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The Health Risks Associated with Driving a Brand New Car


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For some, there is nothing sweeter than the smell of a new car. But this smell is usually a mixture of volatile fumes given off by newly made surfaces and furniture.

Prolonged exposure to high temperatures is costly for those who spend quite a lot of time in a brand new car.

Chinese and American researchers found that levels of a number of cancer-causing chemicals exceeded safe limits in a new car parked outside for 12 days. Formaldehyde, a compound found in disinfectants, germicides and gas stoves, has been found to exceed China’s national safety standards by 35 percent.

Acetaldehyde, a possible class II carcinogen, has been found at concentrations 61% above safe limits. Benzene, a carcinogen found in paint and cigarettes, has also reached levels that are unsafe for drivers who spend long hours in cars, but not for their passengers.

Overall, the lifetime risk of cancer (ILCR) from several volatile organic compounds found inside the new vehicle used in the study was high enough to indicate a “high health risk for drivers.”

In general, an ILCR of 6-10 or lower is considered safe, 6-10 to 4-10 indicates a potential risk, and above 4-10 indicates a potential health risk.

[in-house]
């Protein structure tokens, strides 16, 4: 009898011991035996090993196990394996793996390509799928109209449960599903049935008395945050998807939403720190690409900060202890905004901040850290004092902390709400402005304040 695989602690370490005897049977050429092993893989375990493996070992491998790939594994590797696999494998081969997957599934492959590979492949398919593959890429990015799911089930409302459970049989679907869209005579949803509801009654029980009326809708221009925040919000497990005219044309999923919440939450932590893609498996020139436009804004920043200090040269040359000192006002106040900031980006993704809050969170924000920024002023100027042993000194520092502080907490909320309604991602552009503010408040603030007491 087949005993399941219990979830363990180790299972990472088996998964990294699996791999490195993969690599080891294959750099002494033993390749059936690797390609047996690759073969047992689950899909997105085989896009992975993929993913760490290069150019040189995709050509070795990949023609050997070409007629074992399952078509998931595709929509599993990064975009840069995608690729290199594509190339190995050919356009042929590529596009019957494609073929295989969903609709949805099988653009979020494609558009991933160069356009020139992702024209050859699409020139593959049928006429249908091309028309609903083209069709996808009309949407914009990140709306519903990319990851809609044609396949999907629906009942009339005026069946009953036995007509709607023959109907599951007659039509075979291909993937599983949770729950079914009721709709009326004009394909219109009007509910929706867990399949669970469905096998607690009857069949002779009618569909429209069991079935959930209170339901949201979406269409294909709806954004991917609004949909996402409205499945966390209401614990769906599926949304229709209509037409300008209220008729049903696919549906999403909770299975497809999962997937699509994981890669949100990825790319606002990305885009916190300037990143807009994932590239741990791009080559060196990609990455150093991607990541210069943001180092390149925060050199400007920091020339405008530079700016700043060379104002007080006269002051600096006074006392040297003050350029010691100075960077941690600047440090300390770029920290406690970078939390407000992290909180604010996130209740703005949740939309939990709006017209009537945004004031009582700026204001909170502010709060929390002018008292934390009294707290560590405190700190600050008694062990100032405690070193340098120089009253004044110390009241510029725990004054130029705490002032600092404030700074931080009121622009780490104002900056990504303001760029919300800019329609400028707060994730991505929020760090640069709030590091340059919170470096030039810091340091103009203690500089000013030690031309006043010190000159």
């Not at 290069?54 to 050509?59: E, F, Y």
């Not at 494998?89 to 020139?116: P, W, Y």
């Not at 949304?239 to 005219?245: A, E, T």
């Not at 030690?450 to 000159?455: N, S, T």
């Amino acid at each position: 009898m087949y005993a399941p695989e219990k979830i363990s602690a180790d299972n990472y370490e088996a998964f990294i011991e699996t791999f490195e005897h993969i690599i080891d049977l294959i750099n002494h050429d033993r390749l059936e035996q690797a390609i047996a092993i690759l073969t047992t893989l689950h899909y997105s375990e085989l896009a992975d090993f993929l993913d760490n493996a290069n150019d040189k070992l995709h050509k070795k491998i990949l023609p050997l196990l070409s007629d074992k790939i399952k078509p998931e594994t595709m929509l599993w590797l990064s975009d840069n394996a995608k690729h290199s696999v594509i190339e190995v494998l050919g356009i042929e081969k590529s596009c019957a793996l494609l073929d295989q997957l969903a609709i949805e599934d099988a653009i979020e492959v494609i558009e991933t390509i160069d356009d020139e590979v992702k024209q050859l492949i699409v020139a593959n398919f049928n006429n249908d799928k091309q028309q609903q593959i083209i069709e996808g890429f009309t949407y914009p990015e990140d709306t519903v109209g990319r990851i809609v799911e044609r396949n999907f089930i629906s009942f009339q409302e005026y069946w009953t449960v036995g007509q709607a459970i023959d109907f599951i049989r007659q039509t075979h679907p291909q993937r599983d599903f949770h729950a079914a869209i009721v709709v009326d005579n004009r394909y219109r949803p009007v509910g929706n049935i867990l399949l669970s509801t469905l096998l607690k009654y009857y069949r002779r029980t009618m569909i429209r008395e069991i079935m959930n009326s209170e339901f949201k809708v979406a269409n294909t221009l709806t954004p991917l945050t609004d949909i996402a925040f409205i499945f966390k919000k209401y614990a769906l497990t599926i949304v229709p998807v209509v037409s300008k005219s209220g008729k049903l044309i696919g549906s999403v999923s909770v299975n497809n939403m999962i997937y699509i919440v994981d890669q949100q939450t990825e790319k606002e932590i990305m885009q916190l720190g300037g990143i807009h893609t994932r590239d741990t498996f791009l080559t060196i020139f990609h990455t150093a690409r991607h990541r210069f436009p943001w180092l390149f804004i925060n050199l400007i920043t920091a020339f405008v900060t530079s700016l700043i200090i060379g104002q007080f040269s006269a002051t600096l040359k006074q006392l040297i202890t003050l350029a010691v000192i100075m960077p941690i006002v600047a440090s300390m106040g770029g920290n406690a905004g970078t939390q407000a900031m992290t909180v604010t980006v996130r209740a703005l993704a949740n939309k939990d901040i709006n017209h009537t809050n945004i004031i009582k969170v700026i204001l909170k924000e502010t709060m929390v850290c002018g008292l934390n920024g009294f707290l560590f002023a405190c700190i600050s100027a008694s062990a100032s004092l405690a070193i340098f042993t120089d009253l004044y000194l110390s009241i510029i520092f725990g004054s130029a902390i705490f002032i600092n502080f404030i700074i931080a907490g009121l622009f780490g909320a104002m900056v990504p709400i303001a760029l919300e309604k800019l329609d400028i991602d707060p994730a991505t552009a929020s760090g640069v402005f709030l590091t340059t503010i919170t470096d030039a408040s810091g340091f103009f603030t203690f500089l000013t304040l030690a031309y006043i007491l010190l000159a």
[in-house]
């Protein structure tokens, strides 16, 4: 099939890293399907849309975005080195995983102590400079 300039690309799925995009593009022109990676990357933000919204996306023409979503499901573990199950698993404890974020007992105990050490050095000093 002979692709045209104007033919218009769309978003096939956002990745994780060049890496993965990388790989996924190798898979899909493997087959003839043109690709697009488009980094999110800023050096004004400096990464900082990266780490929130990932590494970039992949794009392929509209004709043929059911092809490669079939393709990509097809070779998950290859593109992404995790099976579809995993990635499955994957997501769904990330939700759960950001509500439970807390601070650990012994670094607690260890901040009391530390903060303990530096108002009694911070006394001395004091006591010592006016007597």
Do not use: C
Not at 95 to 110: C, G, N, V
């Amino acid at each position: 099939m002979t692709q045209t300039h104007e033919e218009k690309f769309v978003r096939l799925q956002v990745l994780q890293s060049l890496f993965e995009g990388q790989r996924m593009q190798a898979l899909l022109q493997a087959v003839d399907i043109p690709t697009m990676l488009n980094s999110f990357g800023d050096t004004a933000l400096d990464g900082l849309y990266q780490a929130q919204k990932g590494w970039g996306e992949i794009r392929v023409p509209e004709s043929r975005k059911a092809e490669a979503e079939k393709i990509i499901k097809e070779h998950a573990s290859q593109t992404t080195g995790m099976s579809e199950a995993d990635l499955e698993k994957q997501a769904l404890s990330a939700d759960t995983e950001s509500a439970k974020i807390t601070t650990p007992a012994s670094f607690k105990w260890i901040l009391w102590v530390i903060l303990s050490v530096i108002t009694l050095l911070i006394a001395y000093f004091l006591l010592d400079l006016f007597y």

A field experiment conducted by the researchers showed that the levels of known and potential carcinogens inside a closed car changed as the weather changed from sunny to overcast.

The study assessed the exposure of taxi drivers and passengers (who typically spend 11 hours and 1.5 hours a day in a car, respectively) to volatile (or airborne) compounds that can be absorbed through the skin or ingested, although mostly inhaled.

The medium-sized SUV used in the experiment was fitted with plastic, faux leather, and fabric. When these materials have just come off the production line, they release various volatile organic compounds into the air. This process is known as degassing.

The researchers took air samples from the car and, using gas chromatography-mass spectrometry, determined the concentrations of 20 chemicals at different points in time. As the vehicle warmed up throughout the day, the interior temperature fluctuated dramatically from 21°C to 63°C (70°F to 145°F).

The concentration of volatile chemicals also had a cyclical pattern, which was determined by the surface temperature (rather than the air temperature) inside the vehicle.

A previous study out of California found that even just 20 minutes of driving in a new car can expose people to unsafe amounts of benzene and formaldehyde, increasing the health risk for those making longer commutes.

While the results are certainly noteworthy, it’s also worth remembering that exposure to chemicals in new vehicles can be limited by some common sense measures.

Instead, choose a used car or use an alternative mode of transport. And if you can’t escape the luxury of a car that has a few miles on the clock, maybe don’t drive when you can and breathe a little easier.

This article was published in Cell Reports Physical Science.

Source: Science Alert

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